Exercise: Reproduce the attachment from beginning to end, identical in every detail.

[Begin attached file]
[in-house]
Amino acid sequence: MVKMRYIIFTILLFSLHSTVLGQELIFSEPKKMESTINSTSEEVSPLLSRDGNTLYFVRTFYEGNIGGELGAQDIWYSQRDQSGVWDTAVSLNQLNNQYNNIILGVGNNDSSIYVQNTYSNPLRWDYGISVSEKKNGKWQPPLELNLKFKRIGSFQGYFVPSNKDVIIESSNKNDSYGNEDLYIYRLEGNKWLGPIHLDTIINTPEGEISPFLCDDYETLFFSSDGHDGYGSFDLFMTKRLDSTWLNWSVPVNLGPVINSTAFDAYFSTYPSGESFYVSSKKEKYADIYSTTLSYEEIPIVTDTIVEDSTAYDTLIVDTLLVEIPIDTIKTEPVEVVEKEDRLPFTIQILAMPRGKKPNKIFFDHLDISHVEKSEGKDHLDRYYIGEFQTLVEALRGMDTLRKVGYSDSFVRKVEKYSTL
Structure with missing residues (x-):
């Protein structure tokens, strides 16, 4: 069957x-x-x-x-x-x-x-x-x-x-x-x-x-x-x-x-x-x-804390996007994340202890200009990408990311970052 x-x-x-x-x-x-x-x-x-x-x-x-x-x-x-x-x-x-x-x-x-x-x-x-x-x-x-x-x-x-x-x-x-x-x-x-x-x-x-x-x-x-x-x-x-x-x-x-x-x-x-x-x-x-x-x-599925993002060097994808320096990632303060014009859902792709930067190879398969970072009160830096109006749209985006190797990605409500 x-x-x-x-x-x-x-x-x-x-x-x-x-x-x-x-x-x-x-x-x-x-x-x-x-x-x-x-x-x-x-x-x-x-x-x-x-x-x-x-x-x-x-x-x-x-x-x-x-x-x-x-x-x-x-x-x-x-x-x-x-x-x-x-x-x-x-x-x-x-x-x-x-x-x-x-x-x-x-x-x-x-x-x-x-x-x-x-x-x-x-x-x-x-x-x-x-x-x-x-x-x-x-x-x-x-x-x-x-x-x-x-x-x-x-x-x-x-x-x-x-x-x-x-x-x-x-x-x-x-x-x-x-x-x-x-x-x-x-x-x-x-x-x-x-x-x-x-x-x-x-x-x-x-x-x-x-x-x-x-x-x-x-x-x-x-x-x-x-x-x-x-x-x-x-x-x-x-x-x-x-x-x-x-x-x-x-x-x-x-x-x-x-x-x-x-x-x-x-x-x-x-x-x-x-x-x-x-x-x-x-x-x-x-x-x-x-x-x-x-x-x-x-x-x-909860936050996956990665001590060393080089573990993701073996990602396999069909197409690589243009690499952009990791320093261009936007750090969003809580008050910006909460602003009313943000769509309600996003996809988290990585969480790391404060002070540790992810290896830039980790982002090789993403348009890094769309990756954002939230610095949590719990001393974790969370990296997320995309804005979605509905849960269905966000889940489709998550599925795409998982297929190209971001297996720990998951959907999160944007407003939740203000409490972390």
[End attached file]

[in-house]
Amino acid sequence: MVKMRYIIFTILLFSLHSTVLGQELIFSEPKKMESTINSTSEEVSPLLSRDGNTLYFVRTFYEGNIGGELGAQDIWYSQRDQSGVWDTAVSLNQLNNQYNNIILGVGNNDSSIYVQNTYSNPLRWDYGISVSEKKNGKWQPPLELNLKFKRIGSFQGYFVPSNKDVIIESSNKNDSYGNEDLYIYRLEGNKWLGPIHLDTIINTPEGEISPFLCDDYETLFFSSDGHDGYGSFDLFMTKRLDSTWLNWSVPVNLGPVINSTAFDAYFSTYPSGESFYVSSKKEKYADIYSTTLSYEEIPIVTDTIVEDSTAYDTLIVDTLLVEIPIDTIKTEPVEVVEKEDRLPFTIQILAMPRGKKPNKIFFDHLDISHVEKSEGKDHLDRYYIGEFQTLVEALRGMDTLRKVGYSDSFVRKVEKYSTL
Structure with missing residues (x-):
């Protein structure tokens, strides 16, 4: 069957x-x-x-x-x-x-x-x-x-x-x-x-x-x-x-x-x-x-804390996007994340202890200009990408990311970052 x-x-x-x-x-x-x-x-x-x-x-x-x-x-x-x-x-x-x-x-x-x-x-x-x-x-x-x-x-x-x-x-x-x-x-x-x-x-x-x-x-x-x-x-x-x-x-x-x-x-x-x-x-x-x-x-599925993002060097994808320096990632303060014009859902792709930067190879398969970072009160830096109006749209985006190797990605409500 x-x-x-x-x-x-x-x-x-x-x-x-x-x-x-x-x-x-x-x-x-x-x-x-x-x-x-x-x-x-x-x-x-x-x-x-x-x-x-x-x-x-x-x-x-x-x-x-x-x-x-x-x-x-x-x-x-x-x-x-x-x-x-x-x-x-x-x-x-x-x-x-x-x-x-x-x-x-x-x-x-x-x-x-x-x-x-x-x-x-x-x-x-x-x-x-x-x-x-x-x-x-x-x-x-x-x-x-x-x-x-x-x-x-x-x-x-x-x-x-x-x-x-x-x-x-x-x-x-x-x-x-x-x-x-x-x-x-x-x-x-x-x-x-x-x-x-x-x-x-x-x-x-x-x-x-x-x-x-x-x-x-x-x-x-x-x-x-x-x-x-x-x-x-x-x-x-x-x-x-x-x-x-x-x-x-x-x-x-x-x-x-x-x-x-x-x-x-x-x-x-x-x-x-x-x-x-x-x-x-x-x-x-x-x-x-x-x-x-x-x-x-x-x-x-909860936050996956990665001590060393080089573990993701073996990602396999069909197409690589243009690499952009990791320093261009936007750090969003809580008050910006909460602003009313943000769509309600996003996809988290990585969480790391404060002070540790992810290896830039980790982002090789993403348009890094769309990756954002939230610095949590719990001393974790969370990296997320995309804005979605509905849960269905966000889940489709998550599925795409998982297929190209971001297996720990998951959907999160944007407003939740203000409490972390």